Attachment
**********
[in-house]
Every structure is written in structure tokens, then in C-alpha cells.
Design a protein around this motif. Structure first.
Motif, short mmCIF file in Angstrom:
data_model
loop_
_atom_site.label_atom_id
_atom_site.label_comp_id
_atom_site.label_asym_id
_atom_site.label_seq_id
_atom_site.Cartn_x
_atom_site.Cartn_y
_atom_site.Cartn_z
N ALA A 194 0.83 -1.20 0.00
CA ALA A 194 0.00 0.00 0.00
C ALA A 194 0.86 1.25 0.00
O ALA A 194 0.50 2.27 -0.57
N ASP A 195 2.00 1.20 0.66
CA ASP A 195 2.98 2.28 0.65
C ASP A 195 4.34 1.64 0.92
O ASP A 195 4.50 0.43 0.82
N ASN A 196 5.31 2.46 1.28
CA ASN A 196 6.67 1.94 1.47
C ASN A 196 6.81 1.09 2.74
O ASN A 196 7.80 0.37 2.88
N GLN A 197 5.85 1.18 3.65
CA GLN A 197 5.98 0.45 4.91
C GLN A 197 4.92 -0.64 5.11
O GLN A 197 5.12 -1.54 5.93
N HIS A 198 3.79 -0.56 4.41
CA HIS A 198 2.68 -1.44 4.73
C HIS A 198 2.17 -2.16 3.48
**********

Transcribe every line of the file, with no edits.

[in-house]
Every structure is written in structure tokens, then in C-alpha cells.
Design a protein around this motif. Structure first.
Motif, short mmCIF file in Angstrom:
data_model
loop_
_atom_site.label_atom_id
_atom_site.label_comp_id
_atom_site.label_asym_id
_atom_site.label_seq_id
_atom_site.Cartn_x
_atom_site.Cartn_y
_atom_site.Cartn_z
N ALA A 194 0.83 -1.20 0.00
CA ALA A 194 0.00 0.00 0.00
C ALA A 194 0.86 1.25 0.00
O ALA A 194 0.50 2.27 -0.57
N ASP A 195 2.00 1.20 0.66
CA ASP A 195 2.98 2.28 0.65
C ASP A 195 4.34 1.64 0.92
O ASP A 195 4.50 0.43 0.82
N ASN A 196 5.31 2.46 1.28
CA ASN A 196 6.67 1.94 1.47
C ASN A 196 6.81 1.09 2.74
O ASN A 196 7.80 0.37 2.88
N GLN A 197 5.85 1.18 3.65
CA GLN A 197 5.98 0.45 4.91
C GLN A 197 4.92 -0.64 5.11
O GLN A 197 5.12 -1.54 5.93
N HIS A 198 3.79 -0.56 4.41
CA HIS A 198 2.68 -1.44 4.73
C HIS A 198 2.17 -2.16 3.48